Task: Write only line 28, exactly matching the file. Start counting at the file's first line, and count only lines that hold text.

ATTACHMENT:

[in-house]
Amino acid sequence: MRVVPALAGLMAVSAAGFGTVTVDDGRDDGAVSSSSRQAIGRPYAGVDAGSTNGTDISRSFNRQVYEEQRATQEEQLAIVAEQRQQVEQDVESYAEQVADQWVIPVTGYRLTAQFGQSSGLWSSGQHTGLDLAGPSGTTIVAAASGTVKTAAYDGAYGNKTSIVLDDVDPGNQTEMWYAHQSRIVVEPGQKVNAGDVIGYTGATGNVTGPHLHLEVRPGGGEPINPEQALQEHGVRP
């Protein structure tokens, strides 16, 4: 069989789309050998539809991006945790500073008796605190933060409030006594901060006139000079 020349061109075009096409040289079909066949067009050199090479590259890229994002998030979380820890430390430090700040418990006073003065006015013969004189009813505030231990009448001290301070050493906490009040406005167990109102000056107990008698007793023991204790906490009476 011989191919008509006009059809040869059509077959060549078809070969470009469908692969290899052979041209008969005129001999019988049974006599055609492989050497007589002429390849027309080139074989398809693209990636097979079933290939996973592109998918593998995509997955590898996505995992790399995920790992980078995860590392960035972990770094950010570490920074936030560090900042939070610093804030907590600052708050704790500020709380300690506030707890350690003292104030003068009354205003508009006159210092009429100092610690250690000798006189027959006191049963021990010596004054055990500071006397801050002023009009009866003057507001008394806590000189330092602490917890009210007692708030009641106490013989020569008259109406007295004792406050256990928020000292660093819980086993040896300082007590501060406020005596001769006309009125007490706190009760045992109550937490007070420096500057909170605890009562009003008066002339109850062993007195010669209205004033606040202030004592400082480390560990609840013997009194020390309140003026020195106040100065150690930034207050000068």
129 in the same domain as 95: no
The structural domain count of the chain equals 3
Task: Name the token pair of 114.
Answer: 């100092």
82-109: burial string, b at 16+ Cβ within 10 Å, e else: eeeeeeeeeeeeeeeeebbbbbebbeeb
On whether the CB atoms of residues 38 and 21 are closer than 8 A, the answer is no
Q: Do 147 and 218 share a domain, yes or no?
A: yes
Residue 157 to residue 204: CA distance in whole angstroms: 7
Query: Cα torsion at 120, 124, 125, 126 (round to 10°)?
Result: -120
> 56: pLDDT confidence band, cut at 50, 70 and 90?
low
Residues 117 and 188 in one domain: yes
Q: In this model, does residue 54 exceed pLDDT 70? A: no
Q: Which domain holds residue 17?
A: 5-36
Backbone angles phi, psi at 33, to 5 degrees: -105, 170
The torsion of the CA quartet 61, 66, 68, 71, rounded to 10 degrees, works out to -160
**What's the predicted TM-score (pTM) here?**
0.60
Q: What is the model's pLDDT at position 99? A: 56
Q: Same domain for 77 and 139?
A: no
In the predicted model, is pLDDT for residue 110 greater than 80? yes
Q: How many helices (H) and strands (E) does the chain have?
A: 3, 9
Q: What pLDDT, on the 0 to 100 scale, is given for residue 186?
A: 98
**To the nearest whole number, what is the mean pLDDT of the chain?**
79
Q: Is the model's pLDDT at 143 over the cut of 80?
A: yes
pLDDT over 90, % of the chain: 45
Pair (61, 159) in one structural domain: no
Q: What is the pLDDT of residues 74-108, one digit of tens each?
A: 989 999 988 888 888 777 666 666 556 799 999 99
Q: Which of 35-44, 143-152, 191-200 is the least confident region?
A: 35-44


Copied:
In the predicted model, is pLDDT for residue 110 greater than 80? yes